Claire Barclay’s pungent installation responding to Glasgow’s dilapidated Kelvin Hall deploys materials for their evocative qualities. Rubber, leather, steel and coal tar each lend their particular texture and smell to evoke aspects of the building’s history.
Dominated by scorched and fleshy tones of red and black, Bright Bodies is drawn out across the first floor front section of the once-grand building. Built as an events space in the 1920s, Kelvin Hall went on to house the 1951 Exhibition of Industrial Power and has since been used as a concert and circus arena, sports hall and museum of transport.
Currently housing a pair of exhibitions for the Glasgow International Festival, the Hall is entering a renovation period. Paint peels off the stairwell in elongated leaves and daubed red letters restrict entry to areas beyond the shows.
Within Barclay’s installation space, reinstated chandeliers and sections of stained glass are reflected in a black mirror of coal tar, but the cavernous main hall of the building beyond is now stripped of such decorative folderols.
Barclay’s chosen materials are directly linked to the building’s history. ‘The steel, coal tar, soot, machined metal, canvas and rubber were each connected in more than one way to past uses of the Kelvin Hall,’ explains the artist, who has memories of the venue in various of its incarnations.
‘Rubber perhaps referencing sports equipment and motor show exhibits,’ she continues. ‘The steel cage structures suggest a mock coal-mine cage and other steel structures that were part of the 1951 exhibition.’ They’re also ‘similar to props used in the carnival and circus’.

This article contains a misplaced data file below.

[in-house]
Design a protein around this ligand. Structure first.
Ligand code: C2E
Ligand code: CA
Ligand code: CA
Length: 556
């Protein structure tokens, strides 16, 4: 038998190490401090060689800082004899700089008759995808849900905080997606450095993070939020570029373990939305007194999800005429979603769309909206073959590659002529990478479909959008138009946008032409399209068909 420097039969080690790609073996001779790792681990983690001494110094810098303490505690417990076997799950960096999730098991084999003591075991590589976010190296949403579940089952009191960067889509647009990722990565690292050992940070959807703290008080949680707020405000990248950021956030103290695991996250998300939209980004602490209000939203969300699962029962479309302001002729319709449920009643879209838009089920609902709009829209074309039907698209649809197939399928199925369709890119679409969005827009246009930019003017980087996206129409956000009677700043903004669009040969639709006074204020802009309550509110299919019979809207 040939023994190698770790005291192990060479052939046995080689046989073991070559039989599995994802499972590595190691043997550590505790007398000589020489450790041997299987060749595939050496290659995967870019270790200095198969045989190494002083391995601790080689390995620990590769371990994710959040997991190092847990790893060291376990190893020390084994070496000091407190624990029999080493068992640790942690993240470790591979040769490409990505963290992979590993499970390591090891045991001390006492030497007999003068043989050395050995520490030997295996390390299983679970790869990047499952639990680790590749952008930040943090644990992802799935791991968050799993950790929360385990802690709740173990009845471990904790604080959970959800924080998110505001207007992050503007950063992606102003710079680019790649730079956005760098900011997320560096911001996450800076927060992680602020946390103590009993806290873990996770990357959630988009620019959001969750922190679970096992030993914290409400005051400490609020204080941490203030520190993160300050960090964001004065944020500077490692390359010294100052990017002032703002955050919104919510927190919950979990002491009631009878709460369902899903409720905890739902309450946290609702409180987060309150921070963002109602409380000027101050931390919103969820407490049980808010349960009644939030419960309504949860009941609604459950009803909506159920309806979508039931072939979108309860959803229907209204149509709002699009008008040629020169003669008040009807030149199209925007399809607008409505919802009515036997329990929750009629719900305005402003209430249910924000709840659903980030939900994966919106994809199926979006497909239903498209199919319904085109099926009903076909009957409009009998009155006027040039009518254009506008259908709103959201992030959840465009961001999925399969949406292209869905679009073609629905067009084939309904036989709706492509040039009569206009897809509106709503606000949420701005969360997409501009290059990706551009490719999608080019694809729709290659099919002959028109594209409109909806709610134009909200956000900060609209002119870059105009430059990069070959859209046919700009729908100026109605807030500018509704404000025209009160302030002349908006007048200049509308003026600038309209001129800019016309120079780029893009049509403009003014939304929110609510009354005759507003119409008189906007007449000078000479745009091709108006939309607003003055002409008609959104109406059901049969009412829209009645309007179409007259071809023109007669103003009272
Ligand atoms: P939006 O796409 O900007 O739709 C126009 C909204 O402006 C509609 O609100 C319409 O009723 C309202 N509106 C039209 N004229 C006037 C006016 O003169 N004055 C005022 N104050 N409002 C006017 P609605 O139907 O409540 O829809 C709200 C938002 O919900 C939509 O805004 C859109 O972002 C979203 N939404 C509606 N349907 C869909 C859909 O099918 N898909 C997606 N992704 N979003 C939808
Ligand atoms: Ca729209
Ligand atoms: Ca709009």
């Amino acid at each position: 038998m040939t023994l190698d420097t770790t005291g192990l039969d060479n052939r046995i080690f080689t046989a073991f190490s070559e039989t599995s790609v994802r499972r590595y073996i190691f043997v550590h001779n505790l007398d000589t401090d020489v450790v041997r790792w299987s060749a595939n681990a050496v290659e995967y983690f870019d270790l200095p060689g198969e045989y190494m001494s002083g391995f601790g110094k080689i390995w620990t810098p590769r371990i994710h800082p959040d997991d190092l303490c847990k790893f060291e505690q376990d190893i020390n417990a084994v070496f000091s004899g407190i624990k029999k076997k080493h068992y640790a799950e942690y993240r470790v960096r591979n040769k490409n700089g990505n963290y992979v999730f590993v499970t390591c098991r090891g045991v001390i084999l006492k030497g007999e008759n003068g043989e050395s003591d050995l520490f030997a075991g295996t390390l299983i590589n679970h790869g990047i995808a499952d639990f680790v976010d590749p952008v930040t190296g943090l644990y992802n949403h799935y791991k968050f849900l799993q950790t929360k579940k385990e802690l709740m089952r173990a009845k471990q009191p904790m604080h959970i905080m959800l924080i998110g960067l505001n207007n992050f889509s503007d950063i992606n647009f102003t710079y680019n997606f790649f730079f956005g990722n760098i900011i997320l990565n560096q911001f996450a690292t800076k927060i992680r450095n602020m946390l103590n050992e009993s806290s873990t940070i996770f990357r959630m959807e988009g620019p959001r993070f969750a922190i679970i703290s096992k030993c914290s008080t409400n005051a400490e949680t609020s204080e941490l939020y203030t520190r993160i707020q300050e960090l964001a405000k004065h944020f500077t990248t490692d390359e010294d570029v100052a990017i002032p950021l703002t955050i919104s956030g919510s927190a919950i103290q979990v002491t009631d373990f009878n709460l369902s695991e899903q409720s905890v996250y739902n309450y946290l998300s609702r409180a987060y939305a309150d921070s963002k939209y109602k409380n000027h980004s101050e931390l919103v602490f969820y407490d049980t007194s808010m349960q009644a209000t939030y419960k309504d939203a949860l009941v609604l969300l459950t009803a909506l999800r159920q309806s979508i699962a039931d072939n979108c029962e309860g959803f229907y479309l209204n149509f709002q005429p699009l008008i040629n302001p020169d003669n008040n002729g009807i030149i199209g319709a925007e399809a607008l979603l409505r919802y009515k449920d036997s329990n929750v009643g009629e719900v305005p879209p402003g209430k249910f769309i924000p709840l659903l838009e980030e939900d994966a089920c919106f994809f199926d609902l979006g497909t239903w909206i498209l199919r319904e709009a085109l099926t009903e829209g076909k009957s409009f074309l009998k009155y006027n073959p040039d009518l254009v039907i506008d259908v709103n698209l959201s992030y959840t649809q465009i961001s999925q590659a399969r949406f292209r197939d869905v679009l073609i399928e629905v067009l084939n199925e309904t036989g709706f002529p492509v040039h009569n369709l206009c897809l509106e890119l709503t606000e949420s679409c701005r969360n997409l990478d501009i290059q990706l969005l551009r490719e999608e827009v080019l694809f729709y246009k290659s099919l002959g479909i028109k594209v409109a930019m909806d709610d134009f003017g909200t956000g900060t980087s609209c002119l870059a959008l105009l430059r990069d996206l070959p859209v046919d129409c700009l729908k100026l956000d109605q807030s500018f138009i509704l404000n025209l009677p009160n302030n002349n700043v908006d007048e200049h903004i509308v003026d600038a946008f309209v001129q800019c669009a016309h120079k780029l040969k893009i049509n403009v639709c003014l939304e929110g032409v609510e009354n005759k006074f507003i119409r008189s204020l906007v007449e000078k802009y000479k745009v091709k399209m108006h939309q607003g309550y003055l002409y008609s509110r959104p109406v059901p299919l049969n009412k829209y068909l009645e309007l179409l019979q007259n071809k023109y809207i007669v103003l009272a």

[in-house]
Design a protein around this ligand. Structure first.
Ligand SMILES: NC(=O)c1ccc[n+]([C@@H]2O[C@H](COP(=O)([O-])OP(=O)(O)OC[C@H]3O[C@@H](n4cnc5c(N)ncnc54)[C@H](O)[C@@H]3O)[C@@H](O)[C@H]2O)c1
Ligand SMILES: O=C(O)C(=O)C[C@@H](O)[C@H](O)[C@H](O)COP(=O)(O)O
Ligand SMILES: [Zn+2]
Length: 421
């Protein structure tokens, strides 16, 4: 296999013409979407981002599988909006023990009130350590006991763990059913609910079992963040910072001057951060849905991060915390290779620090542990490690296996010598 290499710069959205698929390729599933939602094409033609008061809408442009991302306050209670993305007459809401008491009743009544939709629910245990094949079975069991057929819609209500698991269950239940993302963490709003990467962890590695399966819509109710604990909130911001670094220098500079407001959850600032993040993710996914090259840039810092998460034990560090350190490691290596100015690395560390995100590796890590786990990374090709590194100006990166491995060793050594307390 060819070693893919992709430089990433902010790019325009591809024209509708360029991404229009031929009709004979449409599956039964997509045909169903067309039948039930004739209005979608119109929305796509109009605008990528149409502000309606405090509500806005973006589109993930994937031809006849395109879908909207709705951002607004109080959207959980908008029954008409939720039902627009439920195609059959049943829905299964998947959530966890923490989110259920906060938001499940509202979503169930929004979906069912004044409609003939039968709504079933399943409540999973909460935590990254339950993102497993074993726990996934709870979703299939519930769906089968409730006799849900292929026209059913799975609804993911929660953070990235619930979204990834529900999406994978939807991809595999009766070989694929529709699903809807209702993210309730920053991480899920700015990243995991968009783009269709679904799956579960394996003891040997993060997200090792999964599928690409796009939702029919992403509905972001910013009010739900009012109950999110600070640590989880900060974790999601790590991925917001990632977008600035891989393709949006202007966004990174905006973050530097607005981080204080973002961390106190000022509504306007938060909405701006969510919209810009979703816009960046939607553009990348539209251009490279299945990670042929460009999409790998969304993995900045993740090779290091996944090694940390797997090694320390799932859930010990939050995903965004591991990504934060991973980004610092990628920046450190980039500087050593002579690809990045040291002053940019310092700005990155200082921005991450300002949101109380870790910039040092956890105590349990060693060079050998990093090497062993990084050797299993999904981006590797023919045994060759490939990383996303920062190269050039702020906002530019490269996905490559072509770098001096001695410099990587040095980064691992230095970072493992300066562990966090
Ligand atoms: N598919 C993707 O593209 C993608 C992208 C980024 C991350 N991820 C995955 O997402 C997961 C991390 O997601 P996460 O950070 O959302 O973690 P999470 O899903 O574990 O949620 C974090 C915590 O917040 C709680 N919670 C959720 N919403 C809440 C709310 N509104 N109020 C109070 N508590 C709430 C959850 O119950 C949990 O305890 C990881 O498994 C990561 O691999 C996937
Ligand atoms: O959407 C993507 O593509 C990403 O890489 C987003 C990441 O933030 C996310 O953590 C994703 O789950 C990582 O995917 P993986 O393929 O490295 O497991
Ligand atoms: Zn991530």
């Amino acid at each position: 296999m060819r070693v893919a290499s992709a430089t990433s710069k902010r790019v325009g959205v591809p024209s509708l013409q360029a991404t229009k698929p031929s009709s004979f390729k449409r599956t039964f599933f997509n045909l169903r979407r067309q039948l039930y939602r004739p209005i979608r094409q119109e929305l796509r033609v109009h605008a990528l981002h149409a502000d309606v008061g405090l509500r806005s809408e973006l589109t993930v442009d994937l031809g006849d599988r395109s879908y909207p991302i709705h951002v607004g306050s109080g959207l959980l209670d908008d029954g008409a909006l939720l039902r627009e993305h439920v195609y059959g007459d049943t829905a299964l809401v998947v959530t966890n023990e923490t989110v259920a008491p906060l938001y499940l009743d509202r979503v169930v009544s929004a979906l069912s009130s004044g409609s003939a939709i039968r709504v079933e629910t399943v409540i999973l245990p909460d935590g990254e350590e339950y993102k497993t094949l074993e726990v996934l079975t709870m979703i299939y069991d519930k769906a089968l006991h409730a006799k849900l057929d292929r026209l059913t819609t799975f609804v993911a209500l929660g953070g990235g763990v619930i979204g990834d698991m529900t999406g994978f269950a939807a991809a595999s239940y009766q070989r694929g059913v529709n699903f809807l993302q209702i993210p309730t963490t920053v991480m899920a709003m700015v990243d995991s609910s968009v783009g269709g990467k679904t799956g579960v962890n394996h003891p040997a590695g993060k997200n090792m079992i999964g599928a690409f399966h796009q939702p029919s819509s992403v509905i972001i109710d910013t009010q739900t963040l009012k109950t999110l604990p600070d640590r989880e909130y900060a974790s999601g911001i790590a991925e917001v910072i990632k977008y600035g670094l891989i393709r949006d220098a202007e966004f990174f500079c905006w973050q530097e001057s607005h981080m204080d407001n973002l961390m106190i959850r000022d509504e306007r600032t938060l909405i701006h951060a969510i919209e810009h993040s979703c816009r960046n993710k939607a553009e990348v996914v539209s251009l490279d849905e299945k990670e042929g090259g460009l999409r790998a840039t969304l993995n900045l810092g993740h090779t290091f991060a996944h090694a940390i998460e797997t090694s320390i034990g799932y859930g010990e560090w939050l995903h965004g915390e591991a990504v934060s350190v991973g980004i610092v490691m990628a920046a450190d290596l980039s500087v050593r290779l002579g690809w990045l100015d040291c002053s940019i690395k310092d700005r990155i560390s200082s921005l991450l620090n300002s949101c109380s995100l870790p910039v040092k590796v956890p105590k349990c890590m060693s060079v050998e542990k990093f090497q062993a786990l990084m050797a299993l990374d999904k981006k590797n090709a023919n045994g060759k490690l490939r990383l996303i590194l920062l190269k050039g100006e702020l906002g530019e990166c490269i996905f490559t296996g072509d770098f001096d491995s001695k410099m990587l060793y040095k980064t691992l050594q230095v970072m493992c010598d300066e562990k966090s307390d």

Designed by Sir Basil Spence, the Exhibition of Industrial Power was held as part of the post-war Festival of Britain and focused on the electricity. Offering sections dedicated to water and coal – evoked through a vast sculpted coalface created by Thomas Whalen, and a 20,000-gallon waterfall – the exhibition concluded with the Hall of the Future in which a ‘lightning machine’ was used to illustrate the theory of nuclear fission.
Human labour, too, was celebrated – the coalface was depicted complete with a ‘cage’ operated by real miners. Sixty-five years later, their physical labour also informs Barclay’s installation. The straining fleshiness of the stretched rubber and leather in Bright Bodies and the sagging, lung-like sacks smeared with soot suggest a dissection scene as much as a meditation on architectural history.
It took three weeks working in the space for Barclay to achieve the desired balance between the building and the work, many elements of which were made in situ in direct response to ‘the fabric of the building and the industrial heritage from which it was born’. In co-opting the decorative grandeur of the building, Barclay examines ‘how the quality of craftsmanship masks the raw brutal nature of industrial production, but also conserves evidence of human endeavour and labour.’